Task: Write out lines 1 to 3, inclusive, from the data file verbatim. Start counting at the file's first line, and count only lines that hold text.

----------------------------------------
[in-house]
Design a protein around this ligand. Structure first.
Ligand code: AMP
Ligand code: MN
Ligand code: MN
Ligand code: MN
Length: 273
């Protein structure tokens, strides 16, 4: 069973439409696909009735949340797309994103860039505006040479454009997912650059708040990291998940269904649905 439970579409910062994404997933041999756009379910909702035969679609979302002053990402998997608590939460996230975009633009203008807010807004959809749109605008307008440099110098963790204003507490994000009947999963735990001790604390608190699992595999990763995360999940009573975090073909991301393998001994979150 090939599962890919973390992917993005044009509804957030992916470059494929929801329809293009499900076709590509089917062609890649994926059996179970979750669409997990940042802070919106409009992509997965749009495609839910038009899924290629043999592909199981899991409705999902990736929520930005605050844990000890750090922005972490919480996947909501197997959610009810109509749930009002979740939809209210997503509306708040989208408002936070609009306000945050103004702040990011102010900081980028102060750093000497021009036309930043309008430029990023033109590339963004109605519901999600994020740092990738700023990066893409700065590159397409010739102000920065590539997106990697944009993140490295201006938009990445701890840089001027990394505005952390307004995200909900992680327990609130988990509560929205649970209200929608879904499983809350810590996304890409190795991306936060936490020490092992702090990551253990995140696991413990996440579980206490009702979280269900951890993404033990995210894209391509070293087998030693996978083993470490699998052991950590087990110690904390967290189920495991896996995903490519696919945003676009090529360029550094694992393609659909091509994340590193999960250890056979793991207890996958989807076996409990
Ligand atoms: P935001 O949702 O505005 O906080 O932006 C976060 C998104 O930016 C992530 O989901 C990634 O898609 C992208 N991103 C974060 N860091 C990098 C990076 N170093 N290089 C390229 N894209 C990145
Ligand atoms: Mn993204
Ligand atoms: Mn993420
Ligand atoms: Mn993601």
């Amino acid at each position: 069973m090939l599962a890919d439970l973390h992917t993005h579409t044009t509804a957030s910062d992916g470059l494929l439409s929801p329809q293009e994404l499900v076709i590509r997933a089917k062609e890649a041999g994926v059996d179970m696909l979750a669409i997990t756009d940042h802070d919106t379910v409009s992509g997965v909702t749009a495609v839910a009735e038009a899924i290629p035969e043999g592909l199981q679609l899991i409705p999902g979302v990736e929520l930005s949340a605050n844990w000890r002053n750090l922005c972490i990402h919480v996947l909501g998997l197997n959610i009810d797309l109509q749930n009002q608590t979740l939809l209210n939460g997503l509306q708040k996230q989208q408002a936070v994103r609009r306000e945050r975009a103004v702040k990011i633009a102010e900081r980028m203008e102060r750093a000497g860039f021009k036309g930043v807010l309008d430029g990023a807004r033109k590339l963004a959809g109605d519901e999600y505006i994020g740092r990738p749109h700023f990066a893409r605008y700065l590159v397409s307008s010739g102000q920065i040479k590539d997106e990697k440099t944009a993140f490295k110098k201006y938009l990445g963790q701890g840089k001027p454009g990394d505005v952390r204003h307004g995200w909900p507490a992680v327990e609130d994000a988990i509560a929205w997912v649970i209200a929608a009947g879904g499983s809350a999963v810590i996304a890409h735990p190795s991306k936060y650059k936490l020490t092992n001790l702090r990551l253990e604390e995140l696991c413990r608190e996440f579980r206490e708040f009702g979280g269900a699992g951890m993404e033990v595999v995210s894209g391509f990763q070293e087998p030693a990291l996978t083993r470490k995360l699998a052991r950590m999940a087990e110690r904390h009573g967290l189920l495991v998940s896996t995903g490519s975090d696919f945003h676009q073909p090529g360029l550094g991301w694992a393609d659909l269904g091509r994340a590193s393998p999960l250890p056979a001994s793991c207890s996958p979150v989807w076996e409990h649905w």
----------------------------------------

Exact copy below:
[in-house]
Design a protein around this ligand. Structure first.
Ligand code: AMP